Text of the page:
he said something for which he ought
to apologize to America. Mr. Cham
berlain was fooled by the statisticians
who reported that the per capita con
sumption of sugar in this country last
year was 10 pounds greater than the
year before. Now these figures are not
exactly what they seem, we are told,
and it waa not America, but Europe,
that vastly increased jtg actual con
sumption of sugar last year.
The British chancellor, if he had ex
amined British Board of Trade reports,
must have known that J-.ngiand in
creased her own consumption of sugar
by S11.000 tons, or 60 per cent, during
Il months of inin, compared with the
same period of 11118. lie cannot offer
the excuse of prohibition for this Brit
isn inaulgenee. it seems to De, one
wsy of saving, "Well, the war's over:
let's have something." If sugar buving
has added to the world's miseries or
happiness Britain has had a big share
ia the matter.
America used 500,000 tons more sug'
ar last year than in IBIS. Used is the
word rather than consumed. We did
not eat all of this excess. Mr. Cham
berlain may be surprised to know that
we sent a large part of it to Europe
under other names. What happened to
our sugar supply in the last year is
beginning to appVar. A large part nf
it left the country in disguise, as pre
served iruit and condensed milK.
In condensed and evaporated milk
America has been satisfying an enor
mous demand from Europe. Our milk
is feeding the babies of Europe. It
has saved the lives of millions, who
must otherwise have starved because
the dairy herds of Europe were slaugh
tered for meat. We sent a hundred
times as much out 'of the country last
year as in 1014. The total of con
densed and evaporated milk exports
a reported by the department of com
merce for II months was 80,000,000
pounds. In value these exports were
near the top of the food list, close be
hind pork products. The total was
A very large part of this 8.i0.000.000
pounds of condensed milk was com
poted ol sugar. 1 he amount varies
with the grade of the milk. In some
poorer grades it may reach bO per
cent, in others much less. It seems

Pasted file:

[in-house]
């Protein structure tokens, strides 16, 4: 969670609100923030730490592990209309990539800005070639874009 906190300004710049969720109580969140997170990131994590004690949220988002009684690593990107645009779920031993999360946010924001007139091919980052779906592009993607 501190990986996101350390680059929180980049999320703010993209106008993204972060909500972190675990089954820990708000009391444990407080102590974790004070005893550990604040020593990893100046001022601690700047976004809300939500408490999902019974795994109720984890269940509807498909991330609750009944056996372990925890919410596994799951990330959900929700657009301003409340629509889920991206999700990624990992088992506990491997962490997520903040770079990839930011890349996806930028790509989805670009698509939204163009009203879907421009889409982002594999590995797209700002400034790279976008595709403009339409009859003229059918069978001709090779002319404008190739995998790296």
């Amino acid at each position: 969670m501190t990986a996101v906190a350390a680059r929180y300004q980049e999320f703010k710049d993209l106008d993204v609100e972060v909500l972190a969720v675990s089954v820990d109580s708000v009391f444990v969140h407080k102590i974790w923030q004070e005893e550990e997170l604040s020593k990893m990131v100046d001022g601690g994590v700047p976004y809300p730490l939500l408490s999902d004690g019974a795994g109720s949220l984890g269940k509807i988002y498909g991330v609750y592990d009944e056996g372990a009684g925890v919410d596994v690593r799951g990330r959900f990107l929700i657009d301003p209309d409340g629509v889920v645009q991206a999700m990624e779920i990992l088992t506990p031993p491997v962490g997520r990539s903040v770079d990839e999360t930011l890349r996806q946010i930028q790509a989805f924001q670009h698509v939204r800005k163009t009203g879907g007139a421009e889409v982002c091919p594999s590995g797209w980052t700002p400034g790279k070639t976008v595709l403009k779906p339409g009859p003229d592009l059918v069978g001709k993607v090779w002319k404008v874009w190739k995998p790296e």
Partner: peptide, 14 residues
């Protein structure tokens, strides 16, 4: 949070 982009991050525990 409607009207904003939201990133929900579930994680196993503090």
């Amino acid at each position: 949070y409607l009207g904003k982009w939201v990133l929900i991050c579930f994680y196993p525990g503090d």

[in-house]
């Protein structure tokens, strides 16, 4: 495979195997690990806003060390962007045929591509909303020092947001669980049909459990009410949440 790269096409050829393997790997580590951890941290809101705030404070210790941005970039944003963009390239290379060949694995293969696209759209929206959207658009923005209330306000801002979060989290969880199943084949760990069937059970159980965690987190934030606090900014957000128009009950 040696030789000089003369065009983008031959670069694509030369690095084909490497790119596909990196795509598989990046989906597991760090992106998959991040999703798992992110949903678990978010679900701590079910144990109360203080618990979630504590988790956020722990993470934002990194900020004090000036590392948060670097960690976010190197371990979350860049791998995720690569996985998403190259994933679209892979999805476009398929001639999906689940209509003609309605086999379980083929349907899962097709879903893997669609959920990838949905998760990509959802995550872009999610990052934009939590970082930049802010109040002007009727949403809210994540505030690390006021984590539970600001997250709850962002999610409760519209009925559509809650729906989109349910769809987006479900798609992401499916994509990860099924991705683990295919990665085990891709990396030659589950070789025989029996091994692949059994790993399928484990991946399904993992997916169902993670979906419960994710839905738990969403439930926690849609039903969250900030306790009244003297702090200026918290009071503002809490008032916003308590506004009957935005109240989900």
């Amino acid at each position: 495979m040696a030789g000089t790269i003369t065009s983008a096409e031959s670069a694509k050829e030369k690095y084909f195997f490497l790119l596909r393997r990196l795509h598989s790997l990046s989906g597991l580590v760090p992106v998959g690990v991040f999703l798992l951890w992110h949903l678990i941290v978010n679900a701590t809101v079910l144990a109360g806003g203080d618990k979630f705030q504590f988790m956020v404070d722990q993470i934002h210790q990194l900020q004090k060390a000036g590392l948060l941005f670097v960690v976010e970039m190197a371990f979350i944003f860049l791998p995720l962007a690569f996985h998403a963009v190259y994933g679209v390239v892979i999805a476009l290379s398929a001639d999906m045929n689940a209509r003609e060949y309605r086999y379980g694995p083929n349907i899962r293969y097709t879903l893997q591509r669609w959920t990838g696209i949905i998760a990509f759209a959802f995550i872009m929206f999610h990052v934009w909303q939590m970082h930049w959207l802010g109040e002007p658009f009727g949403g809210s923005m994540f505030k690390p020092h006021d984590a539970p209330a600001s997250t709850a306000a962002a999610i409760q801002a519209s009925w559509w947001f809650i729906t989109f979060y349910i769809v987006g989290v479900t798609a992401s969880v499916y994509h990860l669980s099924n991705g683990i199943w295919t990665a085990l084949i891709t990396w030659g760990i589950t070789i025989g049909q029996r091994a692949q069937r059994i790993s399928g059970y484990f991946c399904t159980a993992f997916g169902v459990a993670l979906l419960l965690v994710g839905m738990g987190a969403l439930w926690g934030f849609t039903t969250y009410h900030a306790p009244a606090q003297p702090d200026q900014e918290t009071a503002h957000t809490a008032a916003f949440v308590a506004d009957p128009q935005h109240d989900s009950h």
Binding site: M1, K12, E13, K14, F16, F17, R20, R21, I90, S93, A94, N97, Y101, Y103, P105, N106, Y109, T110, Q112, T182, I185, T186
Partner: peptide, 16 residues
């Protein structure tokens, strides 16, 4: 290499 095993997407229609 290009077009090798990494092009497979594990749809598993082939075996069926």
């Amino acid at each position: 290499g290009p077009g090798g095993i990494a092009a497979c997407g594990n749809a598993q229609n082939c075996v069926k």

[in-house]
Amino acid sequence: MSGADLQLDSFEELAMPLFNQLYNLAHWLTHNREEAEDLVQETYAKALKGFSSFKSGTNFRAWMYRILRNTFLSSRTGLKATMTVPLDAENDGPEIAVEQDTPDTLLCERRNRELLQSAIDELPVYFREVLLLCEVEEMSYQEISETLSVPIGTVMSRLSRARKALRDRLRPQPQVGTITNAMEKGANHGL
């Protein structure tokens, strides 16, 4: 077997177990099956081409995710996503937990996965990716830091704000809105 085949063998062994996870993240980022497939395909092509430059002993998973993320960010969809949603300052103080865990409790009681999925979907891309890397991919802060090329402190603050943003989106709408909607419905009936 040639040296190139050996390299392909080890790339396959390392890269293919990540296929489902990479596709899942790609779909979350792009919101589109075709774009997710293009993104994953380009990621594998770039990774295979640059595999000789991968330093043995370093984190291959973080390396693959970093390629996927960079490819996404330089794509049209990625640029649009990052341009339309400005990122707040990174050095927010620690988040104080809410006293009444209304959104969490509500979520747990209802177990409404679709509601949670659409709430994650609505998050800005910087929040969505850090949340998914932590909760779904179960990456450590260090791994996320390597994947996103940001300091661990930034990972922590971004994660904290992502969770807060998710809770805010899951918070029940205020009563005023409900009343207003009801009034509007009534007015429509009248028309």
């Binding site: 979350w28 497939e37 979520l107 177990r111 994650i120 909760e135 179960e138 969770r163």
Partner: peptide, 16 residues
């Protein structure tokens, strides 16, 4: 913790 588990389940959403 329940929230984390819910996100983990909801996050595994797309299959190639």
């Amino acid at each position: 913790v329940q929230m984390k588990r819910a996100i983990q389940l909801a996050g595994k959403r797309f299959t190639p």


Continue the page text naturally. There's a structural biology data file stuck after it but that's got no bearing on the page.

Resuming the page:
certain that at least 2.j(),0(K).000 pounds.
or liio.OiK) tons of sugar, went abroad
in cans labelled condensed milk. Amer
ica did not eat this sugar, although it
appears in the statistical reports as
consumed in this country. Its con
sumption consisted only of mixing it
with milk at the creameries, and seal
ing it in the tin cans ready for ship
ment. The real consumer was not the
American, but the foreign purchaser.
The buyers of about 6no.000.fMIO pounds
of milk were Kuropeans, as the gov
ernment reports show. The others were
scattered in many lands.
Sugar used in preserving milk was
not all that Europe took from us with
out credit from the statisticians. From
our consumption must be deducted the
sugar that went anroad in canned and
other preserved fruit. Of this first
there was a tremendous increase in ex
ports lat year. The weight ia not re
ported. The value as given by the cus
toms officials was 37,OO0,t0 in II
months, compared with only $4,000,000
in 1918. A large part of these fruit
preserves contained as high as 60 per
cent sugar. The canned goods ned
much less. But. like the sugar sent
abroad in condensed milk, it was rat
en, not by Americans, but by foreign
er. though figured in the "American
sugar consumption statistics that have
deceived Mr. liiam berlain and many
There ia a further indefinite deduc
tion from our exeess suar consump
tion due to exports of fruit juices and
extracts. Thc.e in value fr II months
were l,2f6.000, an increase of about
.Mr. Chamberlain probably did not
take the trouble to learn that America
also sent abroad enormous shipments